Is it better to be a tourist or a traveler?
The difference between those words might appear to be small at first. But to me they represent a clear distinction.
A tourist is an outsider. They see the sights, try the food, do all the things that any guidebook would recommend. But it’s superficial–they never get below the surface. As the word implies, they are taking the tour.
A traveler is an insider. They go deeper and embed themselves in the culture of a place. Not just trying the local food, but behaving like a local.
This post stems from a conversation with a French woman who teaches English. She told me how her students spend eight years studying–some of them go to London for a year–but never learn the language because they don’t truly experience it. And I realized that’s exactly what I’m doing with Spanish.
A tourist looks in from a distance and only sees the what. A traveler gets up close because they want to understand the how and the why.
I want to be a traveler. I go out every day in search of deeper experiences.
More often than not, I end up being a tourist. My only human interaction is with the front line of the service industry–waiters, bartenders, bus drivers, tour guides. But I’m not getting to know the locals–no bonding over jokes or connecting over shared experience. I repeat the same Spanish phrases that I learned from books–ordering meals, buying tickets, telling people where I’m from (when I say, “I’m from San Antonio,” Argentineans get super excited and start babbling about Manu Ginobili). But I’m not learning the language–I can’t have a conversation of more than a sentence or two without switching to English.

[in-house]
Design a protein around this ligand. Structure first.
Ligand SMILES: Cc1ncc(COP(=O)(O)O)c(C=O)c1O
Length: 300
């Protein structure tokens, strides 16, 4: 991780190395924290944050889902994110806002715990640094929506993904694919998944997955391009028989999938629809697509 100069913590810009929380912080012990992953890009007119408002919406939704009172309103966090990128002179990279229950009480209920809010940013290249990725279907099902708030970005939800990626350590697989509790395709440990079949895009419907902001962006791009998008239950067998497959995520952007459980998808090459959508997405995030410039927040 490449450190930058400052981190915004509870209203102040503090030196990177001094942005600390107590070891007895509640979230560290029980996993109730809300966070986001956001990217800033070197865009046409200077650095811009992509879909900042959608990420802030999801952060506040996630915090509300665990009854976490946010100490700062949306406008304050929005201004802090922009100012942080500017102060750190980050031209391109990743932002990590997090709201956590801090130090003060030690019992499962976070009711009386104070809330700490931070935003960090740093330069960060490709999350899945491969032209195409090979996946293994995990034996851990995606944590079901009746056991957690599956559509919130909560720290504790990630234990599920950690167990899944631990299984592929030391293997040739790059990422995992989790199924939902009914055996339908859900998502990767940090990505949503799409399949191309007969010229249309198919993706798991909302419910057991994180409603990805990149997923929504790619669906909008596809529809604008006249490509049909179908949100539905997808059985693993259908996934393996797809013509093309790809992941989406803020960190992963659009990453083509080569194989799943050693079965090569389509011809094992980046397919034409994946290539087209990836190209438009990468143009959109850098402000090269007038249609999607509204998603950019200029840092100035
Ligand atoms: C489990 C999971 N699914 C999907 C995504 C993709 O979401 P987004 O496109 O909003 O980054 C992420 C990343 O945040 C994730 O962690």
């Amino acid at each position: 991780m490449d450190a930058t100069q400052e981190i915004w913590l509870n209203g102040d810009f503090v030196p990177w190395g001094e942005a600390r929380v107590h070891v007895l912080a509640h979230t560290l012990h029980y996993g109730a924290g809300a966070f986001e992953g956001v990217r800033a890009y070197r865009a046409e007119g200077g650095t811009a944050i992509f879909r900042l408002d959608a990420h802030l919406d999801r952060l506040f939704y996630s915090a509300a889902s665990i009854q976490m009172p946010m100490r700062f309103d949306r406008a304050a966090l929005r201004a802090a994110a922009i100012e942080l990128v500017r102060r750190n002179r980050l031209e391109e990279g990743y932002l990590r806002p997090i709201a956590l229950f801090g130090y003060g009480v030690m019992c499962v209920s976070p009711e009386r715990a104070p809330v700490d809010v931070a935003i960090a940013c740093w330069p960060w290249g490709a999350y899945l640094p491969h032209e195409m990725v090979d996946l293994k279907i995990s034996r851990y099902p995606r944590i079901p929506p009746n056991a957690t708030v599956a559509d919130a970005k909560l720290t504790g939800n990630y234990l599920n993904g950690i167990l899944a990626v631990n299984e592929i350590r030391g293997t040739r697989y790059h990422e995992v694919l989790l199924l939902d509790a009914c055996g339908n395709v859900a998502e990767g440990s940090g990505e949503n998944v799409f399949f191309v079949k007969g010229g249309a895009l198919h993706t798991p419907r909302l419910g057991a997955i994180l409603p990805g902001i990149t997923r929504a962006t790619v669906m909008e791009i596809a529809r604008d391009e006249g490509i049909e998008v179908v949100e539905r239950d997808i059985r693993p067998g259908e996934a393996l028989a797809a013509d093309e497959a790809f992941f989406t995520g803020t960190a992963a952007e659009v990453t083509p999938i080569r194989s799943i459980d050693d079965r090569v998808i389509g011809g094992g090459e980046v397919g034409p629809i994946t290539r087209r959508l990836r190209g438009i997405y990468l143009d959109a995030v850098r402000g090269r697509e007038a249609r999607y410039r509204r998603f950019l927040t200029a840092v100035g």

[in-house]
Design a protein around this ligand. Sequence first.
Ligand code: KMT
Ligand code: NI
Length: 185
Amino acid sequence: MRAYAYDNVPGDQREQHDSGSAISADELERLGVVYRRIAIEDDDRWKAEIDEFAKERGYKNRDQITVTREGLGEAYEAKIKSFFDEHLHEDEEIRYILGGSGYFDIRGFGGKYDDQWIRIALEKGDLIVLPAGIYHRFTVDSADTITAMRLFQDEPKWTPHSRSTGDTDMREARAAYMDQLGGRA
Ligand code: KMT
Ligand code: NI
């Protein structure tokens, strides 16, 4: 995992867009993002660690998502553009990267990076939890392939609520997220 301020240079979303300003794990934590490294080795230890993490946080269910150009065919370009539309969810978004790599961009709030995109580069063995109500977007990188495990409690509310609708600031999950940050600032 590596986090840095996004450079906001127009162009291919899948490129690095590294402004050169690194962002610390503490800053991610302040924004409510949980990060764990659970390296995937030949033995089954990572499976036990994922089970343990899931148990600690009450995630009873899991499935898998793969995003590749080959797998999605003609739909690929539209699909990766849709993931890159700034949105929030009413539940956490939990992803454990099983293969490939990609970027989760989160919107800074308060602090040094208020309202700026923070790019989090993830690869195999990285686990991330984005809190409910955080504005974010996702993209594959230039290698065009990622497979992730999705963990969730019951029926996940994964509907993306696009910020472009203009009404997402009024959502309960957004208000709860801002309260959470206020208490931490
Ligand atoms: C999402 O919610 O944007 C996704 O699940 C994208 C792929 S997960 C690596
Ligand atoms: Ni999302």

When I do go out, I go with a group that speaks English. Which is fine for a tourist; it’s more comfortable than being alone. Thing is, I didn’t need to travel to another continent for that experience.
I can tell myself that I spent three months living in South America. But it isn’t true. I’m just passing through. To have the experience of living in a place, it’s not enough to eat at some restaurants or look at some art in a museum. I have to learn the details. The unique charms that keep people here. The intricacies of the language that can’t be learned ordering coffee.
I am looking to change my connection with travel. I used to be content with scratching the surface of a place. To be honest, I still am content. No matter how much I fight it, tourism is fun.
But I’ve got the nagging sense that there is more to get out of my time here. Friends have told me how envious they are of my trip; I know enough to appreciate that I’m even here. That doesn’t mean I have to be satisfied with being here. There is so much right in front of me, if I would only take the chance to reach for it.